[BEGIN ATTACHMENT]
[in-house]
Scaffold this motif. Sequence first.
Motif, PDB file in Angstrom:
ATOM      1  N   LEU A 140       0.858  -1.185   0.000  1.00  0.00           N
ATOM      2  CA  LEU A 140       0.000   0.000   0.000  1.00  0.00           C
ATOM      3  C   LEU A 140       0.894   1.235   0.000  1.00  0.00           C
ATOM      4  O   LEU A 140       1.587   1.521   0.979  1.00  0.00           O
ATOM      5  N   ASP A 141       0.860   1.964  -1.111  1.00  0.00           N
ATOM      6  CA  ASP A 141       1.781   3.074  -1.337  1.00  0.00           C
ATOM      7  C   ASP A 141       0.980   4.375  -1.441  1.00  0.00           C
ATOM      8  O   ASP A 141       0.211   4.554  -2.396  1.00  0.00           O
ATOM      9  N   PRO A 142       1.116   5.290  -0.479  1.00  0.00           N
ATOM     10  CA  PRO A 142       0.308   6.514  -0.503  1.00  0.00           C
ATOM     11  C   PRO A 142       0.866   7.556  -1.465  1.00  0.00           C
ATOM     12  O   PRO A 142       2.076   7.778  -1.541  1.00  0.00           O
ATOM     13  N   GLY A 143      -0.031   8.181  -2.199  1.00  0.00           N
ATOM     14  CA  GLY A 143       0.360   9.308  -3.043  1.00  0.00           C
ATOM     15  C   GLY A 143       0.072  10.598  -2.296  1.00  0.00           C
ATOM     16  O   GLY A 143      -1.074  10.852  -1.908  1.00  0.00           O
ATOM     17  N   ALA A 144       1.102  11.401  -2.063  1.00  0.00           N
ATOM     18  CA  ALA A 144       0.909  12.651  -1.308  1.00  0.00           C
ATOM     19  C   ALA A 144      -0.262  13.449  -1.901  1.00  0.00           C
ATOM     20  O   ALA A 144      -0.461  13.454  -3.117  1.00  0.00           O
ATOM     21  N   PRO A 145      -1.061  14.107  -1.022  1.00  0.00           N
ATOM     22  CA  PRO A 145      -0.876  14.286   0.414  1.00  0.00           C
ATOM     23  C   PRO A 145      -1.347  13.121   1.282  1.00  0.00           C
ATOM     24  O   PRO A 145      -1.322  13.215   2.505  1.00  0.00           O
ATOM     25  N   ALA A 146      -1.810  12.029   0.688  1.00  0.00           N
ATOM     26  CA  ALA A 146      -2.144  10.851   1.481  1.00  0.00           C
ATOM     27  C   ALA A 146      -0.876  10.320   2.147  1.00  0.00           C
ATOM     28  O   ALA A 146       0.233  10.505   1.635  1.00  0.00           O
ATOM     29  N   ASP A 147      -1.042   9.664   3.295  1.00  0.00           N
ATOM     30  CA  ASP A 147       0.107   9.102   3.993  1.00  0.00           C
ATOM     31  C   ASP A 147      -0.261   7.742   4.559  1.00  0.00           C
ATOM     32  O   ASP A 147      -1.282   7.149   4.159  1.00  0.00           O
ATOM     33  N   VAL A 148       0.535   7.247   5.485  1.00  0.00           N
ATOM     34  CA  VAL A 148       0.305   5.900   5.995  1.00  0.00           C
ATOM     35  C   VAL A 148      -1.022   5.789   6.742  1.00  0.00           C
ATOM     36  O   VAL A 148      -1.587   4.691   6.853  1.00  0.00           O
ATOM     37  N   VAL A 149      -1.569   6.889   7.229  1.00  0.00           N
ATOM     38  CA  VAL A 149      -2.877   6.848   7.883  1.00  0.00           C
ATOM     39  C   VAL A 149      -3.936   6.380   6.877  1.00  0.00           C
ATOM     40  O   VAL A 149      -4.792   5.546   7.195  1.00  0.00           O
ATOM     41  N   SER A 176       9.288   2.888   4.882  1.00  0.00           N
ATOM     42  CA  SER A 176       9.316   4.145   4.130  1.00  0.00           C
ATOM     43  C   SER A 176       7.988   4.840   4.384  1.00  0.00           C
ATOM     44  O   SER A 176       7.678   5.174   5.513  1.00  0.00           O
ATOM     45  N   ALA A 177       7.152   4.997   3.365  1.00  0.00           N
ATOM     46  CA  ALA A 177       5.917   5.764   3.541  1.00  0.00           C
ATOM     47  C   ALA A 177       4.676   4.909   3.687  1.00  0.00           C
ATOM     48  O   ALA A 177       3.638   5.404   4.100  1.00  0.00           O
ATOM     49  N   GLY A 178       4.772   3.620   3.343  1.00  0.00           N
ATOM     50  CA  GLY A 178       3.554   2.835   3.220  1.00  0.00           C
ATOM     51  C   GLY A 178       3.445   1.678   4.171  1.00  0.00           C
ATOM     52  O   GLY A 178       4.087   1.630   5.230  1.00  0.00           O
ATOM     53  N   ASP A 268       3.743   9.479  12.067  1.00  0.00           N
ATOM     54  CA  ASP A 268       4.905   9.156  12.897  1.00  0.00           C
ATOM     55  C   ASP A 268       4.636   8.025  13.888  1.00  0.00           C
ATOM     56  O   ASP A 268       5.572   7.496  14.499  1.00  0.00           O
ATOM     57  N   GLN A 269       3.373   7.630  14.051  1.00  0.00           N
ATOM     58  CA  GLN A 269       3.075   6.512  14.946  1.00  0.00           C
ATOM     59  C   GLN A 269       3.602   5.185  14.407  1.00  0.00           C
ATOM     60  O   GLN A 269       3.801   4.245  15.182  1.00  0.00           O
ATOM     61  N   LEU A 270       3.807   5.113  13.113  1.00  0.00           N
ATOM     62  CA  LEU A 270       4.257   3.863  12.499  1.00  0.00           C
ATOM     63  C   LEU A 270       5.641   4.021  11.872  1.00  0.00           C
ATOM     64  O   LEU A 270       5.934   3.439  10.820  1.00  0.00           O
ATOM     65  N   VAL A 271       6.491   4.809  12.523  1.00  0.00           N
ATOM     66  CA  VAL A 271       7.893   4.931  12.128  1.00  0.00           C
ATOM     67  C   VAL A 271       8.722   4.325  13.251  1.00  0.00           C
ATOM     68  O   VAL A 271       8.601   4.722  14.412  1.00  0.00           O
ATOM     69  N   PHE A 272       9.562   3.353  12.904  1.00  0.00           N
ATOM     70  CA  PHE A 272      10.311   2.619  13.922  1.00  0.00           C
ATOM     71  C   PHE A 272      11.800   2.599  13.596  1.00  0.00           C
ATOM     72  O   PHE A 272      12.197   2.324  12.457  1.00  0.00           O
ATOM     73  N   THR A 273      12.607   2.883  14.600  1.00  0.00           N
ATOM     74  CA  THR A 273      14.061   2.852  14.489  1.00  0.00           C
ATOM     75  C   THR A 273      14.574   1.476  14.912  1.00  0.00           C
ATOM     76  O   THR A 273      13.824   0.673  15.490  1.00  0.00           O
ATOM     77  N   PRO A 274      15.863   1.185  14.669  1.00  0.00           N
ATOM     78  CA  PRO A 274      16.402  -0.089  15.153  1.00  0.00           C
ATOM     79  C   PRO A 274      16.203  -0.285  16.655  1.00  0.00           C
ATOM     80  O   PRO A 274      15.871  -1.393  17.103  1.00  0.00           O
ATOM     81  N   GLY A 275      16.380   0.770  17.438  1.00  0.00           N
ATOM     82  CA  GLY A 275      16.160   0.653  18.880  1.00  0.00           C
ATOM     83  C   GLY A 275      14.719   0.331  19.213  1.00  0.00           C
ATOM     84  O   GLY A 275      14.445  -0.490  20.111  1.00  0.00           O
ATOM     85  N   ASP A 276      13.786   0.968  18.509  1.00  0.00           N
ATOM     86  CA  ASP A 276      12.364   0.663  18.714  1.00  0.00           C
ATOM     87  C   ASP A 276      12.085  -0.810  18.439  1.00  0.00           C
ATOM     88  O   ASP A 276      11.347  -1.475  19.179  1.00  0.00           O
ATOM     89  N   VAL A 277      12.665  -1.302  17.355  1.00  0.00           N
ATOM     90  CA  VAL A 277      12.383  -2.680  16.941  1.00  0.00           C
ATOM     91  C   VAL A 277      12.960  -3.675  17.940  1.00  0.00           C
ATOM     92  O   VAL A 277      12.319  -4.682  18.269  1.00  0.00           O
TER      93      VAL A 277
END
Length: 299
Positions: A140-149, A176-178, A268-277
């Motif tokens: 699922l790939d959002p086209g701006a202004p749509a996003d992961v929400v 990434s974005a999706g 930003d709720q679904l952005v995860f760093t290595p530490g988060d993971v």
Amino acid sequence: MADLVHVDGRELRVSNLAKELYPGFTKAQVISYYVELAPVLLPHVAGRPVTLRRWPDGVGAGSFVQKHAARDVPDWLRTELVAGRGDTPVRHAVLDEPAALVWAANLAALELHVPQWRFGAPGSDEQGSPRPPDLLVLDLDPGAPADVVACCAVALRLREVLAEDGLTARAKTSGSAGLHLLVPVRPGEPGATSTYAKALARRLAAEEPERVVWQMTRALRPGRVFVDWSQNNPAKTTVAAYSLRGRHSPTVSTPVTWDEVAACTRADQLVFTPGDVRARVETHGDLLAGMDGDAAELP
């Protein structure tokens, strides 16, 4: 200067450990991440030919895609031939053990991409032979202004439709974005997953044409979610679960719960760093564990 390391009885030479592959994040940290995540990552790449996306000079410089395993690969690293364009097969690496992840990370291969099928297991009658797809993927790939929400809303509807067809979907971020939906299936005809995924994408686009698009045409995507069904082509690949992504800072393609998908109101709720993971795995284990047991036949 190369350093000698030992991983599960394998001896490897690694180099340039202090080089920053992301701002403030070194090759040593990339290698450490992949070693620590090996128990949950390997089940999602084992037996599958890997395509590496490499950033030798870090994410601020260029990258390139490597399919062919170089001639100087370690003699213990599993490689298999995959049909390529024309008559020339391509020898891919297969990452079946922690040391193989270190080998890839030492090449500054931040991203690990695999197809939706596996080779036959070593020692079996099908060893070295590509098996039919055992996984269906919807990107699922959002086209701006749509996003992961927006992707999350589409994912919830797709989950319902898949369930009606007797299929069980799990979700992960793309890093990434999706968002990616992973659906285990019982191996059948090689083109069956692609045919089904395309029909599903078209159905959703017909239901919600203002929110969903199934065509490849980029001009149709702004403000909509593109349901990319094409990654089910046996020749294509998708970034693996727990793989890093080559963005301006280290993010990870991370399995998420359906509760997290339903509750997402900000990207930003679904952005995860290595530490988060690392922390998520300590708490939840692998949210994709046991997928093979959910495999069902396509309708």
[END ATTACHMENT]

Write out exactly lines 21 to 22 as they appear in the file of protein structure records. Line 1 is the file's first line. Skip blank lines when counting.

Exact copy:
ATOM     18  CA  ALA A 144       0.909  12.651  -1.308  1.00  0.00           C
ATOM     19  C   ALA A 144      -0.262  13.449  -1.901  1.00  0.00           C